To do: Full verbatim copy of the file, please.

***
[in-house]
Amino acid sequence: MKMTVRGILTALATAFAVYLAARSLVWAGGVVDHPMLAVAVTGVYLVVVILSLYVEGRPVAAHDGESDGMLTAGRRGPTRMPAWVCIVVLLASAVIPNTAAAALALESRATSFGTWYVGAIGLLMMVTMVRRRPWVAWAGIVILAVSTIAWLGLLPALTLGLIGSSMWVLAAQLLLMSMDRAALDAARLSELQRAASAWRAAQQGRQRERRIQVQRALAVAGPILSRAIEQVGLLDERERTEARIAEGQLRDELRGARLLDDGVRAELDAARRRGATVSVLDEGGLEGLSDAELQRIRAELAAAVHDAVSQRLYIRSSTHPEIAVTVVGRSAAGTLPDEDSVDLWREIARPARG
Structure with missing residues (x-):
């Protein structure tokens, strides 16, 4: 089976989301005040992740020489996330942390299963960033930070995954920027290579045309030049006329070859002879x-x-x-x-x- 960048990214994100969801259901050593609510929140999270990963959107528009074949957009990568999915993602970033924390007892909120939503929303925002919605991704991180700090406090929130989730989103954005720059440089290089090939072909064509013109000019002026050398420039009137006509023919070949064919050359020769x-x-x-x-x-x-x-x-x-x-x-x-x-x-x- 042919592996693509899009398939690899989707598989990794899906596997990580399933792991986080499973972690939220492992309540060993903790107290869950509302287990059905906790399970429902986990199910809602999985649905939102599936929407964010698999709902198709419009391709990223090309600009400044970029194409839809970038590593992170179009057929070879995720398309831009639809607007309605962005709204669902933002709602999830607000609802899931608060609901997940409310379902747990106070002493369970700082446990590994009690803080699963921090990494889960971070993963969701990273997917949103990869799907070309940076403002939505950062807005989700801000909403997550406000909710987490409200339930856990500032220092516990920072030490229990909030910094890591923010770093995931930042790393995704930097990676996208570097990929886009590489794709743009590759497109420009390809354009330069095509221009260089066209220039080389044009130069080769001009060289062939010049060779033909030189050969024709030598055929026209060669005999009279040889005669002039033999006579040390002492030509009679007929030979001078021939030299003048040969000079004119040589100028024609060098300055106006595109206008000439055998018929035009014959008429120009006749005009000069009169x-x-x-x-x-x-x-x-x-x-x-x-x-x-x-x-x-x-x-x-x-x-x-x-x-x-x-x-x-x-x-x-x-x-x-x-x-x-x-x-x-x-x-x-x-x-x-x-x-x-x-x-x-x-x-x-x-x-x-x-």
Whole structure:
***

[in-house]
Amino acid sequence: MKMTVRGILTALATAFAVYLAARSLVWAGGVVDHPMLAVAVTGVYLVVVILSLYVEGRPVAAHDGESDGMLTAGRRGPTRMPAWVCIVVLLASAVIPNTAAAALALESRATSFGTWYVGAIGLLMMVTMVRRRPWVAWAGIVILAVSTIAWLGLLPALTLGLIGSSMWVLAAQLLLMSMDRAALDAARLSELQRAASAWRAAQQGRQRERRIQVQRALAVAGPILSRAIEQVGLLDERERTEARIAEGQLRDELRGARLLDDGVRAELDAARRRGATVSVLDEGGLEGLSDAELQRIRAELAAAVHDAVSQRLYIRSSTHPEIAVTVVGRSAAGTLPDEDSVDLWREIARPARG
Structure with missing residues (x-):
């Protein structure tokens, strides 16, 4: 089976989301005040992740020489996330942390299963960033930070995954920027290579045309030049006329070859002879x-x-x-x-x- 960048990214994100969801259901050593609510929140999270990963959107528009074949957009990568999915993602970033924390007892909120939503929303925002919605991704991180700090406090929130989730989103954005720059440089290089090939072909064509013109000019002026050398420039009137006509023919070949064919050359020769x-x-x-x-x-x-x-x-x-x-x-x-x-x-x- 042919592996693509899009398939690899989707598989990794899906596997990580399933792991986080499973972690939220492992309540060993903790107290869950509302287990059905906790399970429902986990199910809602999985649905939102599936929407964010698999709902198709419009391709990223090309600009400044970029194409839809970038590593992170179009057929070879995720398309831009639809607007309605962005709204669902933002709602999830607000609802899931608060609901997940409310379902747990106070002493369970700082446990590994009690803080699963921090990494889960971070993963969701990273997917949103990869799907070309940076403002939505950062807005989700801000909403997550406000909710987490409200339930856990500032220092516990920072030490229990909030910094890591923010770093995931930042790393995704930097990676996208570097990929886009590489794709743009590759497109420009390809354009330069095509221009260089066209220039080389044009130069080769001009060289062939010049060779033909030189050969024709030598055929026209060669005999009279040889005669002039033999006579040390002492030509009679007929030979001078021939030299003048040969000079004119040589100028024609060098300055106006595109206008000439055998018929035009014959008429120009006749005009000069009169x-x-x-x-x-x-x-x-x-x-x-x-x-x-x-x-x-x-x-x-x-x-x-x-x-x-x-x-x-x-x-x-x-x-x-x-x-x-x-x-x-x-x-x-x-x-x-x-x-x-x-x-x-x-x-x-x-x-x-x-």
Whole structure: